The long-awaited memoir of the late Bryce Courtenay – Australia’s bestselling author – as told by his wife, Christine Courtenay.
Bryce Courtenay was a born storyteller. The success of his extraordinary debut The Power of One made publishing history, and in the years that followed Bryce continued to entertain and inspire thousands of devoted readers around the world with his sweeping epics and larger-than-life characters who embody the strength and triumph of the human condition.
What kind of man did it take to conjure these tales? What kind of life?
When Christine Courtenay began penning her own memoir during lockdown, she found herself increasingly drawn to the remarkable story of her late husband’s life and reflecting upon his astonishing literary legacy. From his humble beginnings in Africa to his dazzling success in advertising and as a bestselling author, Bryce’s extraordinary, rags-to-riches life story reads like one of his epic novels. It was a life marked by all the big themes – overcoming adversity, love, loss, hard-won success, fame and fortune, and holding tight to a dream.
In this telling Christine uncovers the events that shaped the man behind the stories – a man complex, driven and unfailingly positive, who never lost sight of his childhood dream to be a writer. Candid, intimate and insightful, Bryce Courtenay: Storyteller is a fascinating, loving tribute to the life and work of Australia’s most beloved and enigmatic writer.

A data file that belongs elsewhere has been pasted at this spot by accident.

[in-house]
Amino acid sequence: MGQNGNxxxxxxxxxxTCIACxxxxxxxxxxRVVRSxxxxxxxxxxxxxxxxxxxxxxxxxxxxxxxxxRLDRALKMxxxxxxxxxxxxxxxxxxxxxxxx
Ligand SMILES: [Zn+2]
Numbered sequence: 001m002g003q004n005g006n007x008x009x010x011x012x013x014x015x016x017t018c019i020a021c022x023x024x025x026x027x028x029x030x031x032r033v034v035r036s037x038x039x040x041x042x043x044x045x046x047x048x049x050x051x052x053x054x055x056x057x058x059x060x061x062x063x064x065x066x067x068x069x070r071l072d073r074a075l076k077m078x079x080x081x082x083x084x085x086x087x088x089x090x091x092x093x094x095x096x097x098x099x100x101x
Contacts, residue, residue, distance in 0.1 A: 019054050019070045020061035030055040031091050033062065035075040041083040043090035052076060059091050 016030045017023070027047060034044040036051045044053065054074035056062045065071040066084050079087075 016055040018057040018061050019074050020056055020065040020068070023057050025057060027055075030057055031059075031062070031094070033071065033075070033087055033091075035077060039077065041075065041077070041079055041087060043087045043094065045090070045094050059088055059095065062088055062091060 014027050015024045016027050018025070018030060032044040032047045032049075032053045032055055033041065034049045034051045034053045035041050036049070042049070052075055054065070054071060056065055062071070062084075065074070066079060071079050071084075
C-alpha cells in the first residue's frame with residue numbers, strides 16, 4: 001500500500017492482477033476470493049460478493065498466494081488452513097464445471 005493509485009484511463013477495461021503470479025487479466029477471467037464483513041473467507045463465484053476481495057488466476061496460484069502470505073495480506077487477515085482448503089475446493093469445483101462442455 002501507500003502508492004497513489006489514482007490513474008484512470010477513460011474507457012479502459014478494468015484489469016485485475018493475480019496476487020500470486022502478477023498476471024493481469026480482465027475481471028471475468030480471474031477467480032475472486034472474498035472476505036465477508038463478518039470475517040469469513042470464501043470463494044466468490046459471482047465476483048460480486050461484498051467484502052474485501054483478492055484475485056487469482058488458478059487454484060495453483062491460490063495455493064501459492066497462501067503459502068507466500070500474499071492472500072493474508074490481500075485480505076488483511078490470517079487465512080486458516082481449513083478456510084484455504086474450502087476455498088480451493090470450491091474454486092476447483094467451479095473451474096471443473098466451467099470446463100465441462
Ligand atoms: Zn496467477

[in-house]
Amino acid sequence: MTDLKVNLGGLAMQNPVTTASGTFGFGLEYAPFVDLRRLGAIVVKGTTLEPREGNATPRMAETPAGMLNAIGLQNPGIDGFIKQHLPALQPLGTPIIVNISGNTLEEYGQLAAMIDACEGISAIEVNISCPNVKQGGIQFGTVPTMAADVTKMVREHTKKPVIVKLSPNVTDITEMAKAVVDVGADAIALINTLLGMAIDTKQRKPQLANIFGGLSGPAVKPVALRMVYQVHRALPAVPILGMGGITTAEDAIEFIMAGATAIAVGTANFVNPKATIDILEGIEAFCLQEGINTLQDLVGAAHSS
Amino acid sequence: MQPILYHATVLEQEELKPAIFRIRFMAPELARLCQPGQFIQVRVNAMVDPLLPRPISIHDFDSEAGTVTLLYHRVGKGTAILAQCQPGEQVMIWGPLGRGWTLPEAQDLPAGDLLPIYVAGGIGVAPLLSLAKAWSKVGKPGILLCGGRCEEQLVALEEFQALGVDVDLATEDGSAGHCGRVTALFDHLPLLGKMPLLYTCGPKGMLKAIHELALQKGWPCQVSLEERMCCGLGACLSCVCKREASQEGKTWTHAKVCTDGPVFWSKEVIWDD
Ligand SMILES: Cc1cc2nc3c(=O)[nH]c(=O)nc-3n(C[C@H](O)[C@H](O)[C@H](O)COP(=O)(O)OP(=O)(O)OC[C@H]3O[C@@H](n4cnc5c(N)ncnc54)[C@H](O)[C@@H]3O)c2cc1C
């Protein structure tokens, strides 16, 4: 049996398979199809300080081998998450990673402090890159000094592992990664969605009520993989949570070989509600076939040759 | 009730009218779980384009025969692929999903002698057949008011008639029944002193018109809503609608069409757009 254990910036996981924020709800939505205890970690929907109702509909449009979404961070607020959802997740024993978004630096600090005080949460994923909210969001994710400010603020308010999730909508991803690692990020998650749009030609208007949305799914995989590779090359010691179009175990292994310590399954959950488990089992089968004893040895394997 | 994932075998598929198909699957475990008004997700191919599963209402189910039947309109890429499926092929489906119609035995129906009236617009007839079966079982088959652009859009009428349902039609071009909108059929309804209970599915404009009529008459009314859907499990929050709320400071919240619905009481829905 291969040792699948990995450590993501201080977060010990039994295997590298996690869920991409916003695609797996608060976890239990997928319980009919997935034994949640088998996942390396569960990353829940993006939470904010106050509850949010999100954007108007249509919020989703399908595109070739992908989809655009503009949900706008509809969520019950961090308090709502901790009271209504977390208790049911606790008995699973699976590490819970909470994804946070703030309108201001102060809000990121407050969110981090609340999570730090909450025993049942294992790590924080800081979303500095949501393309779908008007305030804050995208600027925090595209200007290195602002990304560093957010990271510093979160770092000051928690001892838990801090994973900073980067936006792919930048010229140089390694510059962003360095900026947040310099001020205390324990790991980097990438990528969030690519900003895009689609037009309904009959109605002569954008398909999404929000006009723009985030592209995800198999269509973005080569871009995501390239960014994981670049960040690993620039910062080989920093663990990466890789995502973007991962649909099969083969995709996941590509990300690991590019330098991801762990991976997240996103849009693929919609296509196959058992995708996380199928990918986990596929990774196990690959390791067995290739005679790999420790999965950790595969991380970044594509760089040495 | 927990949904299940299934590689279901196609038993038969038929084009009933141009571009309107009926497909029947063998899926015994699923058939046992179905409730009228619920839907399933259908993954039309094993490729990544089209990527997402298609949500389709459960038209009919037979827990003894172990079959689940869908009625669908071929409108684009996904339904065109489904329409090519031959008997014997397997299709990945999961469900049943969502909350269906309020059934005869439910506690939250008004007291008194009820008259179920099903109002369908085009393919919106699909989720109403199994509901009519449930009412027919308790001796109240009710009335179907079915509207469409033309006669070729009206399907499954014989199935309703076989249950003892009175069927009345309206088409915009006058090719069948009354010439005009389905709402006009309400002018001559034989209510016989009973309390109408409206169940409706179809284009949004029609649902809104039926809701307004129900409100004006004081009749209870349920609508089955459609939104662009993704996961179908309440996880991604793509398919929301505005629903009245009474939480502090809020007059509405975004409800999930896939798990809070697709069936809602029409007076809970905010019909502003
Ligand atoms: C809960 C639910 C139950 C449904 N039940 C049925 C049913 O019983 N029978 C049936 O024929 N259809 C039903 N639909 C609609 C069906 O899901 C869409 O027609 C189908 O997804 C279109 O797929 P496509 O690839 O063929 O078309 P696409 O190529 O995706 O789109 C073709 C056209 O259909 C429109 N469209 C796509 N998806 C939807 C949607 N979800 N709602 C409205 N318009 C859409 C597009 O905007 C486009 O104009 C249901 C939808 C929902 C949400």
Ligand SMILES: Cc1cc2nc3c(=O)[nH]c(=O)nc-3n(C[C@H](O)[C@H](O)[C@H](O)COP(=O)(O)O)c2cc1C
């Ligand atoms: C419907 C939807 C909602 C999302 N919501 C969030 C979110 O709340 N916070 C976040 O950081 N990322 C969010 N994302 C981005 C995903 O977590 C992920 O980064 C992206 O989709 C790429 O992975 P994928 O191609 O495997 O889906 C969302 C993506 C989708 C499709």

Apparently one in three Australian households own a Bryce Courtenay book. Given that every school kid grew up reading his work, that impressive number is not hard to believe. He is one of this country’s literary legends, writing his first novel at fifty-two and delivering an impressive twenty-one books in twenty-three years. His debut, The Power of One, went on to sell over a million copies.
All of this and more is in this fascinating biography. Christine covers his life from his illegitimate birth in South Africa and challenging childhood, to the highs and lows of his fame and fortune, and everything in-between. Most impressive is the sensitivity she conveys when writing about his first marriage to Benita Solomon, their family years, and the heartbreaking loss of their son Damon in 1991.
Christine herself is a great storyteller, and her admiration and love for her late husband are evident, but she refrains from fictionalising events, admitting when there were gaps in her knowledge. Christine uses previously unpublished letters she discovered in 2020 to piece together more of Bryce’s life, as well as reflections from close friends, family and colleagues.
The result is a well-written, intimate and fascinating look into the life of one of this country’s most extraordinary authors. As with Bryce’s books, Bryce Courtenay: Storyteller deserves a place on every Australian bookshelves.